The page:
How Did Joan McCracken Die? 'Fosse/Verdon' Depicts Only The Very End Of The Star's Life
Fosse/Verdon sheds light on not one, but two of Bob Fosse's wives and their impact on his career. Unfortunately, the FX series picks up at a time when one of those women is near the end of her life. Joan McCracken's death is imminent on Fosse/Verdon, as is the dissolution of Gwen and Bob's own relationship.
In "Whose Got The Pain," Episode 2 of the limited series, it's immediately clear that Joan is not well — but not public knowledge. When Bob and Gwen begin their affair, on the FX series, she's unaware that his wife is sick. While McCracken was a well-known performer whose career had declined by the time Fosse signed on to Damn Yankees, her illness was kept hidden for a long time.
McCracken ultimately died in 1961, according to The New York Times. She suffered a heart attack in her sleep due to complications from diabetes. The New York Times obituary notes that McCracken had additionally suffered a heart condition for seven years prior to her passing.
Her obituary also remembers that she became famous overnight in the Agnes deMille-choreographed Oklahoma! as the "girl who falls down" in the ensemble. McCracken toured with several ballet companies, and even worked as a Rockette — which the obit says she reportedly hated.
The New York Times claims that McCracken was 38 years old when she died, born in 1922. However, biographer Lisa Jo Sagolla discovered that she neatly removed five years from her age after blowing up in Oklahoma! and was actually 43, born in 1917. Honestly, the fact that she lied about her age so well it was immortalized in the Grey Lady is hilariously impressive.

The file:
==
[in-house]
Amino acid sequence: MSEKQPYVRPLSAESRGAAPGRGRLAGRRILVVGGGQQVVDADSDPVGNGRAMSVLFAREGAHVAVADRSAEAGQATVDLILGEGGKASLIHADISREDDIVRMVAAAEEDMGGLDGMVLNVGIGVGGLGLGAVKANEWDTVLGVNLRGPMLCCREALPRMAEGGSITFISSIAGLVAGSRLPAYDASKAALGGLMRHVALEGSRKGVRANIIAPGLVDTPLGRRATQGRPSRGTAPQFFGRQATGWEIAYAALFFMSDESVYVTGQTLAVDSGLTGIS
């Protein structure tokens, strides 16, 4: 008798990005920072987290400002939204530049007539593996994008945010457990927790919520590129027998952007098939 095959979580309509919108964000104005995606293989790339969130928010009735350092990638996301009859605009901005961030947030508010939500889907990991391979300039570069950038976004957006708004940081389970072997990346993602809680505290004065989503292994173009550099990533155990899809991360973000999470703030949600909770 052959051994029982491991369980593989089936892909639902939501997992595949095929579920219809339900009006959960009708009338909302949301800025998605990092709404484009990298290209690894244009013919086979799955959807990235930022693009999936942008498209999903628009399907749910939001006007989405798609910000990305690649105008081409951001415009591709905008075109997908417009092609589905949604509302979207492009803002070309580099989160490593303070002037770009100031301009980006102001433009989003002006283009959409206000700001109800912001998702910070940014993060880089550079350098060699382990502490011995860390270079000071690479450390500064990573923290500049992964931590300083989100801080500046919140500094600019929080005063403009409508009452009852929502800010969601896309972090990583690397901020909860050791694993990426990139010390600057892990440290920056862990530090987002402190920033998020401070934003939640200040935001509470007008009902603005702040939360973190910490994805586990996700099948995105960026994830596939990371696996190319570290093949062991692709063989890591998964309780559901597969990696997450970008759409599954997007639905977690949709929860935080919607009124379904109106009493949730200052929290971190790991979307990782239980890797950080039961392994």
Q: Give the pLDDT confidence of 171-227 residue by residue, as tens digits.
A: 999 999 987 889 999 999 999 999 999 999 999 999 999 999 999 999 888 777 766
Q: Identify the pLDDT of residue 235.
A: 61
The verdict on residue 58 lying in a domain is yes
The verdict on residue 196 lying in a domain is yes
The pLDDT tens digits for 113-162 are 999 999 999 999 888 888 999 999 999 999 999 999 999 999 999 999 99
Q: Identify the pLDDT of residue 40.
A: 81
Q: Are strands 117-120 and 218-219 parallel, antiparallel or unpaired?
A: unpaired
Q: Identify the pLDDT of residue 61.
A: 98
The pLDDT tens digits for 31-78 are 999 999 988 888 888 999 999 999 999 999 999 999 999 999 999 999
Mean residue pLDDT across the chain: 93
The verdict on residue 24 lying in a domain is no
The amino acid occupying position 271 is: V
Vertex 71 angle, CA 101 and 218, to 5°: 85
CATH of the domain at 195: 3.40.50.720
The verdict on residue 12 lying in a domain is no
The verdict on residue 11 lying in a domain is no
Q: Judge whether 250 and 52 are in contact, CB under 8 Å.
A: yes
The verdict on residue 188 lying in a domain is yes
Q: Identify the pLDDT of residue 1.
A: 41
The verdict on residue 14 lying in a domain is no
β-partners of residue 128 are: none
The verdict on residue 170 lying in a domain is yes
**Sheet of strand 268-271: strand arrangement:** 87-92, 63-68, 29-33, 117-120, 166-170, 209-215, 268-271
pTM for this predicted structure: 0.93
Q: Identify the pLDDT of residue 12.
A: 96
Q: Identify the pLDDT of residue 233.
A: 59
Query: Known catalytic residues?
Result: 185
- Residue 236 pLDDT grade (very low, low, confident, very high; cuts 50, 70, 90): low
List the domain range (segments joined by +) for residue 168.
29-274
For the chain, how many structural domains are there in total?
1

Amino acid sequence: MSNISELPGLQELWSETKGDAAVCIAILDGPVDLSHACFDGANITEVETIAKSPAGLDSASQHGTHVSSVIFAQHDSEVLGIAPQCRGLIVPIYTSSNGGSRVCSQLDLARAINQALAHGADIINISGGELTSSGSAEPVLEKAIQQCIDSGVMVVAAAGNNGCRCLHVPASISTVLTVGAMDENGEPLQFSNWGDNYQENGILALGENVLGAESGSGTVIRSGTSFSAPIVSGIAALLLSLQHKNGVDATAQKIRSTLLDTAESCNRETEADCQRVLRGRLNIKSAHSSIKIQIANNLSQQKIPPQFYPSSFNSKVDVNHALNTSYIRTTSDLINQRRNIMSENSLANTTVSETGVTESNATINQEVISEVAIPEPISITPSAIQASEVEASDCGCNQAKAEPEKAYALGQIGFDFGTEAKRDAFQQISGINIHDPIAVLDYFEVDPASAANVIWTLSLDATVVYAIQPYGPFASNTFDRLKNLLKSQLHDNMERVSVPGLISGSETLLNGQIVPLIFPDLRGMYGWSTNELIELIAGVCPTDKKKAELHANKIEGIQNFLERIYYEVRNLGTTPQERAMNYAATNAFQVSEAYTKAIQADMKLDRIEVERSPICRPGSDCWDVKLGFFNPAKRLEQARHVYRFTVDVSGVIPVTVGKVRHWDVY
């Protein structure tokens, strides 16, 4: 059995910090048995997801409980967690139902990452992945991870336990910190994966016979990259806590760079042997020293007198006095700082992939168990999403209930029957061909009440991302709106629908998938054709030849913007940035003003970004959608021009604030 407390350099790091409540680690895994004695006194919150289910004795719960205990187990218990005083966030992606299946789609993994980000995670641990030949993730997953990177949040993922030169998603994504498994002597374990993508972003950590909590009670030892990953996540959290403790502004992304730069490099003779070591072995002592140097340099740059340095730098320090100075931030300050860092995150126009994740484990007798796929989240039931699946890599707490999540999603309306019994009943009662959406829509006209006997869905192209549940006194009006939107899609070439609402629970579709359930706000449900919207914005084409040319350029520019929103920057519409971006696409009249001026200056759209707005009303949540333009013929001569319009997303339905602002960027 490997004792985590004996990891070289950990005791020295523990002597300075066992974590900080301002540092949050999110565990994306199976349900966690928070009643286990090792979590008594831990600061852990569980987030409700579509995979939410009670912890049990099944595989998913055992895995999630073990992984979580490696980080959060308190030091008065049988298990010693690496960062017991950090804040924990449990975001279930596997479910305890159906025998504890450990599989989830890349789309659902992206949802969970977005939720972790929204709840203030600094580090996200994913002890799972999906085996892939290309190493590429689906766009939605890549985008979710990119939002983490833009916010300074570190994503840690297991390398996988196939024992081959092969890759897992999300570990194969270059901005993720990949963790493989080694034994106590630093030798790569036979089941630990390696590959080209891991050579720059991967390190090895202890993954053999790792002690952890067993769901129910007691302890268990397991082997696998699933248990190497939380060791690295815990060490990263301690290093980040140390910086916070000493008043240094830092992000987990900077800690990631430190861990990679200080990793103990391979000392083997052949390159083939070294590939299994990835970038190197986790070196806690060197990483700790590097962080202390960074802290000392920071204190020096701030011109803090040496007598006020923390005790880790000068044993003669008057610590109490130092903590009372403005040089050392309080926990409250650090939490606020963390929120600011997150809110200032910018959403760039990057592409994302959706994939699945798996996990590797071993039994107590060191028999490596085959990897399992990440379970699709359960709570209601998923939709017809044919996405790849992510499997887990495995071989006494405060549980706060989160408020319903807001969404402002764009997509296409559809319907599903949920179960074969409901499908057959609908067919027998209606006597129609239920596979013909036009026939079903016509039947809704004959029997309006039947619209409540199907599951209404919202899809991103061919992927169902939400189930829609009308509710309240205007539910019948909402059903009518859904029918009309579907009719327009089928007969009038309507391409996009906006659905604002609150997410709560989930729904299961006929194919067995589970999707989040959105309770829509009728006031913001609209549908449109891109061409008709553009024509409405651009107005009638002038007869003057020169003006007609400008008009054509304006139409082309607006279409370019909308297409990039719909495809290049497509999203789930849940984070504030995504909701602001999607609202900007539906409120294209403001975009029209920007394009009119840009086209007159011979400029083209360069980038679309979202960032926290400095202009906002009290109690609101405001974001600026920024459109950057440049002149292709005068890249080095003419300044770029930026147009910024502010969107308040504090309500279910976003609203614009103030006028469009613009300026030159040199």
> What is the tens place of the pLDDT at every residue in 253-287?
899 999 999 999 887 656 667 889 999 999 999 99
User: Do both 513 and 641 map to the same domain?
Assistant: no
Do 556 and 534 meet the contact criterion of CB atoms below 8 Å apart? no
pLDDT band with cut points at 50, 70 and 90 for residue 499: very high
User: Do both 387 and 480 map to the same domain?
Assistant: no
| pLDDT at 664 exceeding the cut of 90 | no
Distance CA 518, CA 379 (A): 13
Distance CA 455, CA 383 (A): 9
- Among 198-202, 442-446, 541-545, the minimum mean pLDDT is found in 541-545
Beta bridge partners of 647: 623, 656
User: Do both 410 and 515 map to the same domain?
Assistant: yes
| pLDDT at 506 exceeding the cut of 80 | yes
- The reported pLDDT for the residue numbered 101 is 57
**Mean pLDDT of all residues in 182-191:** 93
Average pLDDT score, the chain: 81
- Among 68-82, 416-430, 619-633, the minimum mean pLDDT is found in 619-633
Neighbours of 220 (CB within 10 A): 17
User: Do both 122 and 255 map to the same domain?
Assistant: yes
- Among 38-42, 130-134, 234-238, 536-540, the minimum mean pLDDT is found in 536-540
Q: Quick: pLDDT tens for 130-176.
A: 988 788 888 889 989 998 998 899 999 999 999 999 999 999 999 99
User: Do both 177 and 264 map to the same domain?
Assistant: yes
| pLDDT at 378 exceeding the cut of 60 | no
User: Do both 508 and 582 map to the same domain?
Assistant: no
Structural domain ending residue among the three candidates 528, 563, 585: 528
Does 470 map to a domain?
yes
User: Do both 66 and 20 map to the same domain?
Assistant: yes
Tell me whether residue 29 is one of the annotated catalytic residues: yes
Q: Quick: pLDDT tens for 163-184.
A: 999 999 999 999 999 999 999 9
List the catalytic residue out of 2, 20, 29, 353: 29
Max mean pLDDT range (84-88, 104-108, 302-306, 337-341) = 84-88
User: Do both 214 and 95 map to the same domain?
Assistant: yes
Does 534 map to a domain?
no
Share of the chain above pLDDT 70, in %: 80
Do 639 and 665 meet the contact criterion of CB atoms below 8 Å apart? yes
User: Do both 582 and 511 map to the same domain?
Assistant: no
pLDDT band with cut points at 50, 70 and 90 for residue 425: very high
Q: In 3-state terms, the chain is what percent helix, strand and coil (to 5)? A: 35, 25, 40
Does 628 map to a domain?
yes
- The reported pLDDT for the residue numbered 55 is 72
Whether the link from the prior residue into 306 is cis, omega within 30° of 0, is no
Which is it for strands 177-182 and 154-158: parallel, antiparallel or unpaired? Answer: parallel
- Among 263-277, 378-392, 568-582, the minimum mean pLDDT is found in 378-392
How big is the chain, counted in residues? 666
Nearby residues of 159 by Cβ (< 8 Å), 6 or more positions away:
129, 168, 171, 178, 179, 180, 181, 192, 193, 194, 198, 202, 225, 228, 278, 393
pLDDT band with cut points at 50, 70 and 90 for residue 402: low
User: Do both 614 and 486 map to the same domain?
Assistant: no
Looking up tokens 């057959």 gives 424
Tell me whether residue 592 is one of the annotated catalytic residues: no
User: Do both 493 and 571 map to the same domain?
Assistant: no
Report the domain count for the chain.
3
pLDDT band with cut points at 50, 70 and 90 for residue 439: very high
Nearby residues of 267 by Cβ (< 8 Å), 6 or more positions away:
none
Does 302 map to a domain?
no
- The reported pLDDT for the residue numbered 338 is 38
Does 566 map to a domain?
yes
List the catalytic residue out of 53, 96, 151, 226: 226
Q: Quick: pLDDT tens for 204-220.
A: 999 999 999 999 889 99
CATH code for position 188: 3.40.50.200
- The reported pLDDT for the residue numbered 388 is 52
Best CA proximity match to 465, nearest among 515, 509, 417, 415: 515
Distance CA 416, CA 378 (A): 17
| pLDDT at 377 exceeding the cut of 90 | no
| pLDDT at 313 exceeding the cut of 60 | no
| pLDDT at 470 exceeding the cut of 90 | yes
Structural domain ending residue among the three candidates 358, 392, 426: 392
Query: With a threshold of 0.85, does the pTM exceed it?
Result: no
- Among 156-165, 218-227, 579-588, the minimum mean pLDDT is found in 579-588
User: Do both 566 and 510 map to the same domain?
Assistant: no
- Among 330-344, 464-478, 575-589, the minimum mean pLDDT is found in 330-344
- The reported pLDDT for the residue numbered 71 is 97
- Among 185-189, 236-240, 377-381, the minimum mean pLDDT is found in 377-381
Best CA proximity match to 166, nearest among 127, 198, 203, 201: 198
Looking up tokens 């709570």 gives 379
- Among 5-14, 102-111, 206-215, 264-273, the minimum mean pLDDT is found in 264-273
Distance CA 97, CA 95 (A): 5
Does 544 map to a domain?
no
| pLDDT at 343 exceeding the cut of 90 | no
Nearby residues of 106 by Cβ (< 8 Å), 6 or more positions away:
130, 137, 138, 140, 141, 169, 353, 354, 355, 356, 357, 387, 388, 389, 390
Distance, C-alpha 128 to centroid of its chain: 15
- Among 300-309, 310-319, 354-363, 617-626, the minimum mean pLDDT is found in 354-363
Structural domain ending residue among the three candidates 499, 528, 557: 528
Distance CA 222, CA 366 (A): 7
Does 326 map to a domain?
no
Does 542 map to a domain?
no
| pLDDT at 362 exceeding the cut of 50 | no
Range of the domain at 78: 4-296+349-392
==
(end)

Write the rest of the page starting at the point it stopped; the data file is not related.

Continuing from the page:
The biography also explains that while the dancer had been diagnosed with juvenile diabetes as a young adult, she hid her condition so as to not impact her career, but was weakened for the remainder of her life. In the late '30s, when she was diagnosed, diabetes was a much more serious and less treatable medical condition than it is today, of course.
McCracken was twice divorced at the time of her death. Before Fosse, she had a 13 year marriage to Jack Dunphy. She clearly lived a full life in the time she was given. Sagolla's book, titled The Girl Who Fell Down: A Biography Of Joan McCracken, also claims that McCracken helped to inspire Truman Capote's legendary character Holly Golightly in Breakfast at Tiffany's. This shouldn't be too surprising, as Capote and Dunphy were partners later in life, but speaks volumes as to what kind of a person McCracken was in her youth.
According to those who knew him, Fosse was haunted by McCracken's untimely death for years to come. They had only divorced in 1959, and Fosse had married Verdon in 1960. According to Sagolla's biography, it is widely believed that in All That Jazz, Fosse modeled Angelique (Jessica Lange) after McCracken.
It's truly a shame that Fosse/Verdon meets McCracken at this time in her life when her dancing career, marriage, and life itself were coming to a close. She seems to have been such a vibrant person in her prime, and it's truly tragic how short that prime was cut.